Ian Scott, chairperson of the Canadian Radio-television and Telecommunications Commission (CRTC), revealed earlier this week that a scammer was able to fake his e-mail address, and attempted to defraud and extort money from CRTC staff.
In classic scamming fashion, the fraudster sent e-mails to Scott’s staff, asking them “to go out and buy thousands of dollars of gift cards,” as reported by The Globe and Mail.
The information came to light when Scott informed the Commons Industry and Technology (INDU) committee about the fraud attempt. INDU is currently investigating a separate incident involving fraudulent calls.
“They are very quick. Some of them are very sophisticated,” said Scott. “I have had employees with emails from me apparently. I don’t usually ask people to go out and buy thousands of dollars of iTunes cards.”
Further, according to Patricia Valladao, a CRTC spokesperson, “CRTC staff have been targeted by phishing campaigns in the past,” though none of the attempts have been successful at defrauding any of the staff. Since then, the CRTC has put some safeguards in place, like identifying if emails originate from outside the CRTC, awareness campaigns for staff and upgraded IT security tools.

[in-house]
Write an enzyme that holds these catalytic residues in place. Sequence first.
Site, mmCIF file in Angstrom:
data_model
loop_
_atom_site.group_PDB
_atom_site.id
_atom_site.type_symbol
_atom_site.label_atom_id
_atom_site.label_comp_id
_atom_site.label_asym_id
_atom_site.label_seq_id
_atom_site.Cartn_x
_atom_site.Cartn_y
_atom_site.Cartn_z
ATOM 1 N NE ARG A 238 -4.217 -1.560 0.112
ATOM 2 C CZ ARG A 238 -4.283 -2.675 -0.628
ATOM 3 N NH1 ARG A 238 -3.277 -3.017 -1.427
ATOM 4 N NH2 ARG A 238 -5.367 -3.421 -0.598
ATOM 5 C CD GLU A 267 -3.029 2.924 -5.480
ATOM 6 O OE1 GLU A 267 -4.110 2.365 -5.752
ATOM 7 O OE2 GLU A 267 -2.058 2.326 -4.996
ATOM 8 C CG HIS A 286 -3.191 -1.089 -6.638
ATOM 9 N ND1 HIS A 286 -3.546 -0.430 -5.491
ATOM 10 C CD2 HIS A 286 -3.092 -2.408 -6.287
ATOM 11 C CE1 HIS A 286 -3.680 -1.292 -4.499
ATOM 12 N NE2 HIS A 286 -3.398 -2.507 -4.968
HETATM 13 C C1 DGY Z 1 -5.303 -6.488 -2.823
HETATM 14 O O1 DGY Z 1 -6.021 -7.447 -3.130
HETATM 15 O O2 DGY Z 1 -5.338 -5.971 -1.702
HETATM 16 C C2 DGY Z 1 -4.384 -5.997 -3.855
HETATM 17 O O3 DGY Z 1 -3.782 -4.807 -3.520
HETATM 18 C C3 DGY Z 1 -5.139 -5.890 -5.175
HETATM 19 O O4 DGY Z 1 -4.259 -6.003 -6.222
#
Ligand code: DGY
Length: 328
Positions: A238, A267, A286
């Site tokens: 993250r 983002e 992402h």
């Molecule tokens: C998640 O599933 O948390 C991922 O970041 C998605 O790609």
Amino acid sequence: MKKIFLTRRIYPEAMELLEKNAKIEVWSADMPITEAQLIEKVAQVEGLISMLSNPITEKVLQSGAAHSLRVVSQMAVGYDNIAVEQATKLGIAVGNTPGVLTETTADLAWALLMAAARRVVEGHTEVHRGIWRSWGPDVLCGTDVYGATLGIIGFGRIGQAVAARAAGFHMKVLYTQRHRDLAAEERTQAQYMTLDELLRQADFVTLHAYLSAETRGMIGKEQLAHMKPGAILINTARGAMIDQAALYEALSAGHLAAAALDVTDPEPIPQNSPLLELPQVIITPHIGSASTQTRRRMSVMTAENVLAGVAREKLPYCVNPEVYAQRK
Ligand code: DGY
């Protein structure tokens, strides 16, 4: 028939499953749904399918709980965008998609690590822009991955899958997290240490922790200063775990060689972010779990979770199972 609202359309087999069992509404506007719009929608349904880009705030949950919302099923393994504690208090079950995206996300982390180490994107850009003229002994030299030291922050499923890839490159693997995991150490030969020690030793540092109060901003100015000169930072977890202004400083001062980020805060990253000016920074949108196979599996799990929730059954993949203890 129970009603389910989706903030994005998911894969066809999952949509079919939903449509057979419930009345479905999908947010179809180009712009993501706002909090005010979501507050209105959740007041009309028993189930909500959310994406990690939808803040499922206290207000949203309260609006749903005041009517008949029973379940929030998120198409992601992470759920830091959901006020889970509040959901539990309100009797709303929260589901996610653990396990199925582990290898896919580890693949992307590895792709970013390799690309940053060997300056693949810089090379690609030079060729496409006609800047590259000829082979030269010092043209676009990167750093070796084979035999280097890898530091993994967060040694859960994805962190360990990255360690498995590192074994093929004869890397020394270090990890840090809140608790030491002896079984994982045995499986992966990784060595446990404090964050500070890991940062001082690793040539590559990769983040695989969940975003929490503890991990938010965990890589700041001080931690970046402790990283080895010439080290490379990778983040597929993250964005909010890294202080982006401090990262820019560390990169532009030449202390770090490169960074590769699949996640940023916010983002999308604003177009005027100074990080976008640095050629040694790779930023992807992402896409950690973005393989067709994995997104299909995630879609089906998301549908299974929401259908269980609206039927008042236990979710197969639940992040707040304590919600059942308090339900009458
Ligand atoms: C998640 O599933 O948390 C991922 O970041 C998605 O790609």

Scott said he is working with the RCMP, the telecom industry, cyber spies at the Communications Security Establishment, and the Canada Revenue Agency to warn Canadians about such frauds.
In the recent past, similar scams have taken advantage of timely events. For example, in July, after Rogers’ widespread outage, scammers were quick to send customers fake refund links to ‘compensate’ for the outage. The same goes for scams relating to fraudsters posing as the CRA.
It is important for Canadians to be vigilant and not click on links or websites that guarantee money. The CRA or other Canadian organizations would never ask you to go out and buy gift cards for payments.
Source: The Globe and Mail